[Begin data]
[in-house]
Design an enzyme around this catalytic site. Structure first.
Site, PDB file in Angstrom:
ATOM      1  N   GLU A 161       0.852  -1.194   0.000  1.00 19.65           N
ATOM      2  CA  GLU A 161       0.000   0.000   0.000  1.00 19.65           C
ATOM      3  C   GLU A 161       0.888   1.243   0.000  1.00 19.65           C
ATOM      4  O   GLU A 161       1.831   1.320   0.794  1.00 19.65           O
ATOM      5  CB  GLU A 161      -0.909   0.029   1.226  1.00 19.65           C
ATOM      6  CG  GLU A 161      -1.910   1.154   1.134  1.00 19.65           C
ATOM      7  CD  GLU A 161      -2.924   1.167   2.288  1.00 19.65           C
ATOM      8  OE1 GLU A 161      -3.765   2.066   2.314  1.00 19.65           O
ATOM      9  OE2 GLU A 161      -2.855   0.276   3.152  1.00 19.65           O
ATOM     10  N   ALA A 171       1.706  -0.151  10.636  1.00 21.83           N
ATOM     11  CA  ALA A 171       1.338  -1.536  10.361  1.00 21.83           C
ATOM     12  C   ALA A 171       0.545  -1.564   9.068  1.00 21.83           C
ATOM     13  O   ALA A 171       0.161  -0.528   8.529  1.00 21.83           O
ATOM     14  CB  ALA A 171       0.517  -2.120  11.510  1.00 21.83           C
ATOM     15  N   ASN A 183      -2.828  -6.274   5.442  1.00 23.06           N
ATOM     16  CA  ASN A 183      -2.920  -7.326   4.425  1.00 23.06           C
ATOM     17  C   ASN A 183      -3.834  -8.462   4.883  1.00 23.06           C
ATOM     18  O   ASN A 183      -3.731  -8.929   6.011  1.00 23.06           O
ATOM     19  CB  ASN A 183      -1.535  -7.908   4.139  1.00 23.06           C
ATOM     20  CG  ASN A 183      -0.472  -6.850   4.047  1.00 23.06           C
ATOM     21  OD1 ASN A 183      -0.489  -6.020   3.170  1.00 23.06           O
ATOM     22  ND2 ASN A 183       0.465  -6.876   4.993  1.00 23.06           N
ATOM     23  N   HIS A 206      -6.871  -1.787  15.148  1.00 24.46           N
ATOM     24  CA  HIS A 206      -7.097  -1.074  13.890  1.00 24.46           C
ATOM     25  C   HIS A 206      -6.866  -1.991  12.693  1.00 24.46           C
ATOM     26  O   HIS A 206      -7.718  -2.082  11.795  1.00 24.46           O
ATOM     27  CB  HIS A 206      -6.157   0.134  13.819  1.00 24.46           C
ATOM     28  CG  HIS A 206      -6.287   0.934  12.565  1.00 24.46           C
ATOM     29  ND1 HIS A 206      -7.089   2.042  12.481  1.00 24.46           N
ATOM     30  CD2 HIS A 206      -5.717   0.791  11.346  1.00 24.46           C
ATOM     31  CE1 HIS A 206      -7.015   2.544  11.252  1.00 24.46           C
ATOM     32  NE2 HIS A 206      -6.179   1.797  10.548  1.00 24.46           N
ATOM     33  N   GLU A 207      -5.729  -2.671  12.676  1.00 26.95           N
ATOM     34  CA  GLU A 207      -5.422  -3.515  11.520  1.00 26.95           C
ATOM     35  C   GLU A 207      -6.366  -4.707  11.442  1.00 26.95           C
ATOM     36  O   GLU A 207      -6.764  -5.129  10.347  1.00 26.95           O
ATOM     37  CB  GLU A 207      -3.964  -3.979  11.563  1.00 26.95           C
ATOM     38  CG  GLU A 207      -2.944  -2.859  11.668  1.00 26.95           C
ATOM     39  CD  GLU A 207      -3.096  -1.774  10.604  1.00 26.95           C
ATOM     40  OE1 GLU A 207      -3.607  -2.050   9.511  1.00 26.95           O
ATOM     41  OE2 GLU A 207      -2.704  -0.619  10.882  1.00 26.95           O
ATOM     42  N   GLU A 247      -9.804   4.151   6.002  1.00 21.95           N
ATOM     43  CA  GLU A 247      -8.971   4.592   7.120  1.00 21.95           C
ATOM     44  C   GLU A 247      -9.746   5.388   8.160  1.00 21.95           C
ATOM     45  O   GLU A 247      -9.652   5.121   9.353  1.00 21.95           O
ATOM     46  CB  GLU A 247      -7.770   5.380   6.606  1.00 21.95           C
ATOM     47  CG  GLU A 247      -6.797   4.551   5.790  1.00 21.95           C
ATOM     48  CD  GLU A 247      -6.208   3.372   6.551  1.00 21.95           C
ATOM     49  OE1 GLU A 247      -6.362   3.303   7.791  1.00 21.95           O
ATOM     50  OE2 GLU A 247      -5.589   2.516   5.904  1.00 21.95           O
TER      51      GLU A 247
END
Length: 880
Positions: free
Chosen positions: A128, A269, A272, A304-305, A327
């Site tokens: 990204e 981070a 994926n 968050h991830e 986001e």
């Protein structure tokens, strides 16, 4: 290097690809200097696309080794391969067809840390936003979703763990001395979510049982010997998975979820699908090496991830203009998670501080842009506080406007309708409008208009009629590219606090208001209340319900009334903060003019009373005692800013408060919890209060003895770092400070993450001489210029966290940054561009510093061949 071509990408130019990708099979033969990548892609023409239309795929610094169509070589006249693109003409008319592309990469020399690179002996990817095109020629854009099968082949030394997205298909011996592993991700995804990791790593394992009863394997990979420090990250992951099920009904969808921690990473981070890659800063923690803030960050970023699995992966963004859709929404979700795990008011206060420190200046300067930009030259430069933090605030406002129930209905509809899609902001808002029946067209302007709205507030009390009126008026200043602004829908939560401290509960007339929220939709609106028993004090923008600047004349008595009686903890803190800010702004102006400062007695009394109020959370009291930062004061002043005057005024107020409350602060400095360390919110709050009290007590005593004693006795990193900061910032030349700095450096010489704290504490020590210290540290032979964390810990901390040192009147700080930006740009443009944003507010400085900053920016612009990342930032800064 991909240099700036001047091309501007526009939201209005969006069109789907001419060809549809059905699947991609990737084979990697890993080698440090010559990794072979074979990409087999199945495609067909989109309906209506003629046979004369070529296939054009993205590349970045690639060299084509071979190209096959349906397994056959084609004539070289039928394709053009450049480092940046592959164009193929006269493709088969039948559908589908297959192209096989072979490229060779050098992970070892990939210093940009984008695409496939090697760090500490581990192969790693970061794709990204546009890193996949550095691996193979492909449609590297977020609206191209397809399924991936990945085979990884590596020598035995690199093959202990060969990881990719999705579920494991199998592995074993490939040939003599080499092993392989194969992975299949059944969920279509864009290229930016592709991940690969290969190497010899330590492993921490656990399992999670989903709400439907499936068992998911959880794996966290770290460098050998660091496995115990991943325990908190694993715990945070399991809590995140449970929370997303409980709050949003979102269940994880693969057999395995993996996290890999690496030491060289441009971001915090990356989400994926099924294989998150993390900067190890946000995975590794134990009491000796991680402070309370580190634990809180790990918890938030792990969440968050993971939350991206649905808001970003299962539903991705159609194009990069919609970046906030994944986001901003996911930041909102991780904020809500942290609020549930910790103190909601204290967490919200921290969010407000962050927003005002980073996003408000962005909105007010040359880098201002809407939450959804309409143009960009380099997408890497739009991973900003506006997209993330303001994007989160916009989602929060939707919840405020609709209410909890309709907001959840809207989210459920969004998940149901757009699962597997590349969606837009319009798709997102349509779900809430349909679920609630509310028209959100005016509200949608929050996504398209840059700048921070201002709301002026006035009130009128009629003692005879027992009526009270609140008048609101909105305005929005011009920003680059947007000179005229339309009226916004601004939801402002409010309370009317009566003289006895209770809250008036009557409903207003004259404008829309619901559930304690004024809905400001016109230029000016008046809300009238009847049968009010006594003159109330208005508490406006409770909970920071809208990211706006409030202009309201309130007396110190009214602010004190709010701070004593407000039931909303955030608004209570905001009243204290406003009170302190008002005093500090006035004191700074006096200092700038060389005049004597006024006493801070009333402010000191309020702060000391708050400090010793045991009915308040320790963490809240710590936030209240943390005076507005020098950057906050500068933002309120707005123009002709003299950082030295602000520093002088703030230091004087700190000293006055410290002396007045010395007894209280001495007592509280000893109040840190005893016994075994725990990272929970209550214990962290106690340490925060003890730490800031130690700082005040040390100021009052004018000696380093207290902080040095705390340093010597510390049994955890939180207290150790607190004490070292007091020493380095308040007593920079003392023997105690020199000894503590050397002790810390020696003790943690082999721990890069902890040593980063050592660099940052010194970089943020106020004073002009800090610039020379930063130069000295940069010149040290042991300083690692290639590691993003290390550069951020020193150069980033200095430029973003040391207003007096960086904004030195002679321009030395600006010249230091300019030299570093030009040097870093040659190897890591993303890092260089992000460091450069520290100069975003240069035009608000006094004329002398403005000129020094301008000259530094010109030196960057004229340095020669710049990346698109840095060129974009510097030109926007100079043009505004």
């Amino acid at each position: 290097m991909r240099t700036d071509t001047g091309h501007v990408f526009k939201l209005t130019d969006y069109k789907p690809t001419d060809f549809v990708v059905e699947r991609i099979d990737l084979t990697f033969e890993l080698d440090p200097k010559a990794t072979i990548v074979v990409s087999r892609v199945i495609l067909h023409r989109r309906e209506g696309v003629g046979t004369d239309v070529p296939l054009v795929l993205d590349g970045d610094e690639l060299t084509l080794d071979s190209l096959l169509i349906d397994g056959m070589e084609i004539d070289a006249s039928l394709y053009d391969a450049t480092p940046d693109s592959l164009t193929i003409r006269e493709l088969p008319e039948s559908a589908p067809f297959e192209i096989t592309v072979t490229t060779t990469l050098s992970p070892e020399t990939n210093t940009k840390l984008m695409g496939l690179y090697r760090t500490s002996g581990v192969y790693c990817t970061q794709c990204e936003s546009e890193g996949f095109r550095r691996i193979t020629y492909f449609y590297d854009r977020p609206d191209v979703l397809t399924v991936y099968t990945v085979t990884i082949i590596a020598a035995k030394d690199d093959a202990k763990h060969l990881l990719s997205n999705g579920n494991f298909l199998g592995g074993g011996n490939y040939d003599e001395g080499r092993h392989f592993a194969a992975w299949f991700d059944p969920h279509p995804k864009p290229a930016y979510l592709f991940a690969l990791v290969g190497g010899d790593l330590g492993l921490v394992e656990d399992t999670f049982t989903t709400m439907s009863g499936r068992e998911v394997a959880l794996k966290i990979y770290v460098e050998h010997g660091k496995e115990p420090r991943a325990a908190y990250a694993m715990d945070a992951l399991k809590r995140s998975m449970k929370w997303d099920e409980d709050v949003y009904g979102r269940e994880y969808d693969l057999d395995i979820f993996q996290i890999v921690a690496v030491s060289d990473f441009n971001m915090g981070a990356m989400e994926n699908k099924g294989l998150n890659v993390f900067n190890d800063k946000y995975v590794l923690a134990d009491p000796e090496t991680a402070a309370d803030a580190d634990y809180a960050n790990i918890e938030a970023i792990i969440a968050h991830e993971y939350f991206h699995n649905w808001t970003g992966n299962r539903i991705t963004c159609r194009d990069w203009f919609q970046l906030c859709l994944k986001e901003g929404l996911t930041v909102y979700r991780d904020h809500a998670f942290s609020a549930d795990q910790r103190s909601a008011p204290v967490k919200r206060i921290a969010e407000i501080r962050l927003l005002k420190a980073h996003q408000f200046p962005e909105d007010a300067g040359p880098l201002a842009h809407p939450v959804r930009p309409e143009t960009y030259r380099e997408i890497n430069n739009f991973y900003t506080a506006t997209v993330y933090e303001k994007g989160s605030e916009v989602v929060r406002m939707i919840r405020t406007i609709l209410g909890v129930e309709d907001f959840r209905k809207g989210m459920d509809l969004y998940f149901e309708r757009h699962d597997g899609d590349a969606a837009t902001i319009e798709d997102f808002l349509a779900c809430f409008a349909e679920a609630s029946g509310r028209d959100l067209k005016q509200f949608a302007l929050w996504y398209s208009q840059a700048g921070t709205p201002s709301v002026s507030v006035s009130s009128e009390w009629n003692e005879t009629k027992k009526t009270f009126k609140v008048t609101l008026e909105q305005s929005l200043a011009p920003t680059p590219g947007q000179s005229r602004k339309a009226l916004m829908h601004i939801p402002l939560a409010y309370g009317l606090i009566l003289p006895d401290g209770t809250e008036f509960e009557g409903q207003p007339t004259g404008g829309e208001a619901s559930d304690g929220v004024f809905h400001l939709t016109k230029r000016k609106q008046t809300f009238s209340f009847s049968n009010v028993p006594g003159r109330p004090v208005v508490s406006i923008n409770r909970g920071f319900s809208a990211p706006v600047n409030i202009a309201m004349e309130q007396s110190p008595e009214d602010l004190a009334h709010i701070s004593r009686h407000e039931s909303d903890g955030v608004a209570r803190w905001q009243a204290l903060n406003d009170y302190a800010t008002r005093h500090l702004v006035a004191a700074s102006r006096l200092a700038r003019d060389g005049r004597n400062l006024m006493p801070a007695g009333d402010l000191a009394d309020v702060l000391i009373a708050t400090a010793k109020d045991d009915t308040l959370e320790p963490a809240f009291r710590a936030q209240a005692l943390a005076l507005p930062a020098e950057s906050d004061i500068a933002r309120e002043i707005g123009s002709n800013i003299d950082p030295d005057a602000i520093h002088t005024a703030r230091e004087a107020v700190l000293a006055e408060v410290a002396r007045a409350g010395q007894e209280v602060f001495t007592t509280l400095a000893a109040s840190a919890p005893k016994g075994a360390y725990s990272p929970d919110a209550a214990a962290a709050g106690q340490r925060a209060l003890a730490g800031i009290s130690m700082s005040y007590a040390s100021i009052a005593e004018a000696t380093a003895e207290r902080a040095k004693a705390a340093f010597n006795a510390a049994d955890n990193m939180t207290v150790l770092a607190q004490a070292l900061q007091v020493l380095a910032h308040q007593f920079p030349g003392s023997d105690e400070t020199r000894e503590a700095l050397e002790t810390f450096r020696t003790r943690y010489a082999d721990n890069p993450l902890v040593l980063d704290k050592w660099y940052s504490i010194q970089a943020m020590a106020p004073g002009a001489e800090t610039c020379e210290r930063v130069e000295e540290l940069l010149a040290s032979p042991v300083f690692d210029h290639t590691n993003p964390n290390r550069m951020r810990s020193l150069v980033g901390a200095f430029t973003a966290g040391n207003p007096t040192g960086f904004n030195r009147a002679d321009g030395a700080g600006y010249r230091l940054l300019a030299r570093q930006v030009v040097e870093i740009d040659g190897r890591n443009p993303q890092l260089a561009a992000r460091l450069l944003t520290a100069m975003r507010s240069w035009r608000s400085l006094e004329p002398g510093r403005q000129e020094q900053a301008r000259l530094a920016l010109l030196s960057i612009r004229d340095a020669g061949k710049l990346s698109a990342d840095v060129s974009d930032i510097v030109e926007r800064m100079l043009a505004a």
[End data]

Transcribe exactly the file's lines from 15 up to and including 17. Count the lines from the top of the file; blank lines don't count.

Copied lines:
ATOM     12  C   ALA A 171       0.545  -1.564   9.068  1.00 21.83           C
ATOM     13  O   ALA A 171       0.161  -0.528   8.529  1.00 21.83           O
ATOM     14  CB  ALA A 171       0.517  -2.120  11.510  1.00 21.83           C